This is the second “self-titled” record from King Gizzard, and if you’ve heard K.G., K.G. is almost the warm-up for L.W. While K.G. showcases styles from past albums combined with microtonal music, L.W. turns the creativity up to eleven. Drawing from more progressive acts such as TOOL, and their 2017 work Polygondwanaland, this record bleeds microtonal riffs and alternating uncommon time signatures. While the songs don’t lead into each other as much as they do on other records, a handful of songs have multiple passages that come together to create some of the grooviest and most hard-hitting songs yet. Songs such as “O.N.E.” and “Supreme Ascendency” have some of my personal favorite Gizzard riffs and instrumentals yet.
In addition to having more variety in songwriting, there are a handful of songs not sung by Stu McKenzie, the lead singer, and feature some fan favorites like Joey Walker (lead guitar) and Ambrose Kenny-Smith (synthesizer and dedicated harmonica player) singing in on songs as well as writing credits. Despite Eric Moore no longer drumming alongside Michael “Cavs” Cavanaugh, Cavs is able give an excellent performance on not only their album, but their 2021 limited audience show in Melbourne as well.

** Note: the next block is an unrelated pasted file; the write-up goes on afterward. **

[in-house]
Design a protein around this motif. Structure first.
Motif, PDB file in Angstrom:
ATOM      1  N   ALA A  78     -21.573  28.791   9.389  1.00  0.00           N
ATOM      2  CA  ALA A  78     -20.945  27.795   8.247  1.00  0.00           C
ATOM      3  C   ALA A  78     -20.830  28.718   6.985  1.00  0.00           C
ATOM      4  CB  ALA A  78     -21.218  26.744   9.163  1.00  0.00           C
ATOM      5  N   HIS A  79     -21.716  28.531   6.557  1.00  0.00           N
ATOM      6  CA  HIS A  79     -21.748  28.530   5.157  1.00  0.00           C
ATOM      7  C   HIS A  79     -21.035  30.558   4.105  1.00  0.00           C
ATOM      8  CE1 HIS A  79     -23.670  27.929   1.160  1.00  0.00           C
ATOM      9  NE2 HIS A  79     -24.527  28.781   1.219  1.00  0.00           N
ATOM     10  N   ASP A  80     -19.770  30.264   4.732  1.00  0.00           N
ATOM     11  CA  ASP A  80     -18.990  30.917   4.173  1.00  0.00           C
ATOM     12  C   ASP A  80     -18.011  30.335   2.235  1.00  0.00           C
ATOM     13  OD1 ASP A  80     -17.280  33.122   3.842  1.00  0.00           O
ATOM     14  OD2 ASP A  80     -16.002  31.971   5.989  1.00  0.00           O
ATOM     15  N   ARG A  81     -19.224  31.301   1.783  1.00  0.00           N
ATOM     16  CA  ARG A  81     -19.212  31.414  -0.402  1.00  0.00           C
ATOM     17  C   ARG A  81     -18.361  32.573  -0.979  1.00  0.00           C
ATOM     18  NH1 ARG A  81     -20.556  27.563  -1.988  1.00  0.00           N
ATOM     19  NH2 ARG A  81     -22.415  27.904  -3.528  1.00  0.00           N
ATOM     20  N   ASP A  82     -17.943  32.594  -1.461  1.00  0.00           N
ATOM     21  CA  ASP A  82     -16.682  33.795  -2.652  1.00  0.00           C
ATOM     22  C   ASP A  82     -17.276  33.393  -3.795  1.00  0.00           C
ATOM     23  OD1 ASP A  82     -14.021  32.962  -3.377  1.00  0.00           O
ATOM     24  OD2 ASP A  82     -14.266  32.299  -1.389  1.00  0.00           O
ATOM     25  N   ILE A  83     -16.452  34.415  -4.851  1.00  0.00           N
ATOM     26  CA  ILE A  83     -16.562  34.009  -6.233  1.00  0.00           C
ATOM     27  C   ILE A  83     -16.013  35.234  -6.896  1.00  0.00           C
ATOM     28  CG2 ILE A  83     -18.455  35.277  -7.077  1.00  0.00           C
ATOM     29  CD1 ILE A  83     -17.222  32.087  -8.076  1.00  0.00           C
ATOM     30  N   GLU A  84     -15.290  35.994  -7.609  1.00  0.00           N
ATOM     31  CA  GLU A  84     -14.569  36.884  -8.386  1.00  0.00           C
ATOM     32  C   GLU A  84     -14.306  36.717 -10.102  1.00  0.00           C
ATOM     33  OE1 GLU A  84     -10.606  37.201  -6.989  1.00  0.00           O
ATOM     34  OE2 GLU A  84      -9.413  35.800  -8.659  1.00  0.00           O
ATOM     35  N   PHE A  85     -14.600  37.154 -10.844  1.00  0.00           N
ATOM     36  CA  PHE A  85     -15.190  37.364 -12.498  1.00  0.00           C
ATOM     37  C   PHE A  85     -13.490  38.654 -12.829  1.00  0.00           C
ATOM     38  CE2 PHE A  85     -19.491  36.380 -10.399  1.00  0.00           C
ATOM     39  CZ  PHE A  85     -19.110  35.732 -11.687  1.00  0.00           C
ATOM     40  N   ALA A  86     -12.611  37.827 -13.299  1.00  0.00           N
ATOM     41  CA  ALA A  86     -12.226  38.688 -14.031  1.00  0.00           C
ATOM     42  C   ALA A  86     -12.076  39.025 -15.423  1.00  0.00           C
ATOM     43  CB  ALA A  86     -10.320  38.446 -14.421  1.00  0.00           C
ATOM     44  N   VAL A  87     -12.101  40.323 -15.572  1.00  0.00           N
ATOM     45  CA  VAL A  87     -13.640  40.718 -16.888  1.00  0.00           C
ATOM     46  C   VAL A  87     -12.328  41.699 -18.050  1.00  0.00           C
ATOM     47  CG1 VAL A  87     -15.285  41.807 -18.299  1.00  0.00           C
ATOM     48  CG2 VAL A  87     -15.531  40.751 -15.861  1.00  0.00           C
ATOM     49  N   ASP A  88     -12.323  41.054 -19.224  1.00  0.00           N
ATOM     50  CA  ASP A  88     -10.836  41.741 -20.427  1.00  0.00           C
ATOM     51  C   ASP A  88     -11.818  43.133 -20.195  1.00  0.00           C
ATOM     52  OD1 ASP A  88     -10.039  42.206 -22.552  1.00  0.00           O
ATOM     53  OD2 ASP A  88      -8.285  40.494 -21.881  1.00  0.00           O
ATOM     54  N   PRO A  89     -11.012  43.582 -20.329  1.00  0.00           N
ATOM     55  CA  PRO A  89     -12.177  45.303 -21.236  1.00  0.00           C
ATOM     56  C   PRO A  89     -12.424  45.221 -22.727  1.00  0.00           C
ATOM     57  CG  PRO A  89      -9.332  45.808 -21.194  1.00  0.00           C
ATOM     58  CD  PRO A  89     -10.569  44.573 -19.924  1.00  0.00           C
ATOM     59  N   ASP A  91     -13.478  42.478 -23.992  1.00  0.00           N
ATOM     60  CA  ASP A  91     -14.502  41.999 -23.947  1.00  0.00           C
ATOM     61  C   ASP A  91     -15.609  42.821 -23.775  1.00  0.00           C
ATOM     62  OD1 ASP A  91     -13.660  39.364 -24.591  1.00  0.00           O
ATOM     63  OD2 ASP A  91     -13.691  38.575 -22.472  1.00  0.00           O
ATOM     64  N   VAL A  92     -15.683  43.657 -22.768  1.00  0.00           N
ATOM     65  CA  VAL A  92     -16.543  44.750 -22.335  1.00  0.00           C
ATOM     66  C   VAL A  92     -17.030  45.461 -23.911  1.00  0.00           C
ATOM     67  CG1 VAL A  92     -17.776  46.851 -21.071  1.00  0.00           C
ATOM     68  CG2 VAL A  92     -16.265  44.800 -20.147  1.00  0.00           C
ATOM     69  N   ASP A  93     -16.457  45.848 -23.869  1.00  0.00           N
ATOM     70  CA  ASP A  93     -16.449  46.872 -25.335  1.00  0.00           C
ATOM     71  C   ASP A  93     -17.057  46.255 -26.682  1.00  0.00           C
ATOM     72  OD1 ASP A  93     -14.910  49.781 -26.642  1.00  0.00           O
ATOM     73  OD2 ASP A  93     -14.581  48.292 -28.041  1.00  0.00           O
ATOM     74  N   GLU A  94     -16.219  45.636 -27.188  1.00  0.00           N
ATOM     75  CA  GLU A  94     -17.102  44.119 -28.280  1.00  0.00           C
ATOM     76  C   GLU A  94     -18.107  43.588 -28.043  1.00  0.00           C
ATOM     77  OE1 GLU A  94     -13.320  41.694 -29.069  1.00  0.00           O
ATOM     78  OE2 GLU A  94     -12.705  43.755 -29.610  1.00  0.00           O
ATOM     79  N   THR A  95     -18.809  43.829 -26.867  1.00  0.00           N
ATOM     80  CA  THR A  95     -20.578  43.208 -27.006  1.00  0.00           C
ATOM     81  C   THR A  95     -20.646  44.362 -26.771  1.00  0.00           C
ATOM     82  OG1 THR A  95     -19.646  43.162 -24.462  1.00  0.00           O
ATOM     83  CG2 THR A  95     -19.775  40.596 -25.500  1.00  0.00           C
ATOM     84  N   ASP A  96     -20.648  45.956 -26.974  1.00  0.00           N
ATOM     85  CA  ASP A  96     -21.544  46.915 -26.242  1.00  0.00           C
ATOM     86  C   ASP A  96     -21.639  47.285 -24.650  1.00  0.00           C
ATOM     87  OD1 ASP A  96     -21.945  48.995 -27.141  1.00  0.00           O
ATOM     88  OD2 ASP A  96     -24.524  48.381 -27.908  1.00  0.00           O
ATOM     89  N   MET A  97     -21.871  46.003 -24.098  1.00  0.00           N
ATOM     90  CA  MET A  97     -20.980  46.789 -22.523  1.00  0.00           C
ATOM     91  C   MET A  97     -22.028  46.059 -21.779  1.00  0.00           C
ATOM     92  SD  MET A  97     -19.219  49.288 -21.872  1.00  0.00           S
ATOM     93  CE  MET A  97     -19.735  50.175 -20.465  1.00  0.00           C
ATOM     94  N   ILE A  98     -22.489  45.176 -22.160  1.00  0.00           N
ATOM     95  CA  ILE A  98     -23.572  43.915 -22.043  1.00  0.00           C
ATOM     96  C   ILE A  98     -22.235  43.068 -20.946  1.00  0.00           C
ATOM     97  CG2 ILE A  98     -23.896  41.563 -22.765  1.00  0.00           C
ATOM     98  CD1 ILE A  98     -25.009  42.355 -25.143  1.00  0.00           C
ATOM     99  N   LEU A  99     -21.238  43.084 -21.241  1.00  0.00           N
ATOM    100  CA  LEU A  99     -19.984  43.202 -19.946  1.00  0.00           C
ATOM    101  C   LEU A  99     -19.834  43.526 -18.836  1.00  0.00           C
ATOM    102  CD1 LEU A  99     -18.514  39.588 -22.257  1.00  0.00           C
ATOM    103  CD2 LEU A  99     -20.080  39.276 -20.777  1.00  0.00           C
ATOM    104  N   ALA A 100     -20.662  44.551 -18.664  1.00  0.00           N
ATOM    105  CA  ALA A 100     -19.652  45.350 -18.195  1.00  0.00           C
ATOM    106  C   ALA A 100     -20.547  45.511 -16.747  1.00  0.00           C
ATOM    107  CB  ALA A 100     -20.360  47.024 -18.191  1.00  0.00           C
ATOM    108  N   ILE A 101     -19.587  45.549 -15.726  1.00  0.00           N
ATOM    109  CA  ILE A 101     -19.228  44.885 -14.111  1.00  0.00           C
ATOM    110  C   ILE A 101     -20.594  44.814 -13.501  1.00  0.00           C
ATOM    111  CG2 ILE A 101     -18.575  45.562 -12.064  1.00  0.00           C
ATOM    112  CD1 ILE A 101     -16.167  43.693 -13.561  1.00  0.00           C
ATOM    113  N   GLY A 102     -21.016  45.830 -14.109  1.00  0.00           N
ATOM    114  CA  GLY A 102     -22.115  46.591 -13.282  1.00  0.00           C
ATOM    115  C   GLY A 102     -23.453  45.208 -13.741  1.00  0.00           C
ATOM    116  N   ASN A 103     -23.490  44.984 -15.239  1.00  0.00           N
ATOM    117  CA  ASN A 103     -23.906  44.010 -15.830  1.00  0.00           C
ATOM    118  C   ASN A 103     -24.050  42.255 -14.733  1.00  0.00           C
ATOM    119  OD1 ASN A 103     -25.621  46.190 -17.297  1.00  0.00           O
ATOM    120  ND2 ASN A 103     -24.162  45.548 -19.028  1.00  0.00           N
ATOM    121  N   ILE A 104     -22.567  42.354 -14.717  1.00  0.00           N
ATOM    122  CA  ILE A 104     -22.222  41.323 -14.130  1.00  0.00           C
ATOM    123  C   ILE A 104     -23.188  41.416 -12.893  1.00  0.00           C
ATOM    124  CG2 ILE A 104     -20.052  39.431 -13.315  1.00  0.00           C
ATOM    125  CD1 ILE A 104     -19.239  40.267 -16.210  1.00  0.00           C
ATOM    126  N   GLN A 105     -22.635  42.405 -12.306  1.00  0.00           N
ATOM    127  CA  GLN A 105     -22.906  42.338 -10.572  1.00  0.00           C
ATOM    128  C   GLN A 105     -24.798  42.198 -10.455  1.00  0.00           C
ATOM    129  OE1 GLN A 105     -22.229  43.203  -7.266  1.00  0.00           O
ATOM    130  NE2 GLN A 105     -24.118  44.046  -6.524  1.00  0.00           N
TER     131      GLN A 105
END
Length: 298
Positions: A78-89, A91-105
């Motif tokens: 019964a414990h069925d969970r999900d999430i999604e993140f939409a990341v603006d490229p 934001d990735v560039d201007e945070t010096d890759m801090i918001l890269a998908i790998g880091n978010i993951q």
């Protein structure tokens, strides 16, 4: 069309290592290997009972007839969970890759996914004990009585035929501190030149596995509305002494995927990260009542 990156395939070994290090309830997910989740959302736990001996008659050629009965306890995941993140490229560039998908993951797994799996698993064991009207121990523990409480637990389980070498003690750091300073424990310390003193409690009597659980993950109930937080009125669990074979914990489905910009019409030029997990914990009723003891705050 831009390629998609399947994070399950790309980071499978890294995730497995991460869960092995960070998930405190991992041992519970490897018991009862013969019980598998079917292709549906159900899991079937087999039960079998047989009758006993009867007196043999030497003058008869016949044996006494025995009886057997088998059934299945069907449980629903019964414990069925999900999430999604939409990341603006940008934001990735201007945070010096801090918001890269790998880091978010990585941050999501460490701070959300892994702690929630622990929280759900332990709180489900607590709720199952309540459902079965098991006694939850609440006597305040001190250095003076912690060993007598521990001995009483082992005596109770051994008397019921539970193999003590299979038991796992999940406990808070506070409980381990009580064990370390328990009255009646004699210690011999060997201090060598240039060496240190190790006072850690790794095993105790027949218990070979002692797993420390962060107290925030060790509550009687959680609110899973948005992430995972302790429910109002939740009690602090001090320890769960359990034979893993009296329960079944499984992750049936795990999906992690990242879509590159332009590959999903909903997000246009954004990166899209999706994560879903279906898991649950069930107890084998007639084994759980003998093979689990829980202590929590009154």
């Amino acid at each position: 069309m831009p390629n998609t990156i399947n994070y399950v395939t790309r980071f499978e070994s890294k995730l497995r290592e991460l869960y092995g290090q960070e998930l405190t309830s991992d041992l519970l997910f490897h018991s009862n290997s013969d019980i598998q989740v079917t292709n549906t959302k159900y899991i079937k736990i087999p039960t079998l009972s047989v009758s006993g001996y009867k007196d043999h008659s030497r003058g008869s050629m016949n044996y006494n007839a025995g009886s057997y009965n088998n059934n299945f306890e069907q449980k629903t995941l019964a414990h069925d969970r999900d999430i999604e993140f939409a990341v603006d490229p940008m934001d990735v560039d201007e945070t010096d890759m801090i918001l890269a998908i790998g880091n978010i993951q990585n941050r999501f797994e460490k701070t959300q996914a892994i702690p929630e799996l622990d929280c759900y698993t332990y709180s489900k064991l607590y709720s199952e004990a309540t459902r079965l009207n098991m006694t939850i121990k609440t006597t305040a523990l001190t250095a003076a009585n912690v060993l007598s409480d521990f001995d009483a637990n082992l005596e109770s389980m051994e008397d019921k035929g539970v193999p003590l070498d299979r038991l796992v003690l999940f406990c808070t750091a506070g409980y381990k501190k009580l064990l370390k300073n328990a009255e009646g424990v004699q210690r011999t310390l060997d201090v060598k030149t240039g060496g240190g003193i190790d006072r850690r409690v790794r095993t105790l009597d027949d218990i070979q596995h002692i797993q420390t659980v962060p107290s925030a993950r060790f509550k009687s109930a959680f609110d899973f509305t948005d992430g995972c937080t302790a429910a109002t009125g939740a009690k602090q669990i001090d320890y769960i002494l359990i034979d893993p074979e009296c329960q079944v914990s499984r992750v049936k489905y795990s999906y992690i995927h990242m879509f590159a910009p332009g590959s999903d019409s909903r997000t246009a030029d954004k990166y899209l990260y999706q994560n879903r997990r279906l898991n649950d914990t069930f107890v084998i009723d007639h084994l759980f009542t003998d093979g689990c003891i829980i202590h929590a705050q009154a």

As one of their most political albums to date, many songs express concerns about global warming, the construction of an environmentally dubious and expensive highway, and Donald Trump’s denial of COVID-19. The band delivers poignant criticism and evokes a sense of empathy as the environmental concerns are usually told from the perspective of animals. This can also be seen in the closing track “K.G.L.W.” (which shares a name to the opener of K.G.) where lyrics such as “When the claws come out/ cage me too” create some dark ambience to one of the heaviest tracks from King Gizzard to date.
While there aren’t any songs as danceable as “Intrasport” on this album, L.W. has a lot more to offer than K.G. The songs break the mold of King Gizzard’s comfort zone to make one of their best albums to date. In my opinion, this record is on par with Flying Microtonal Banana and will have fans coming back to it for years to come.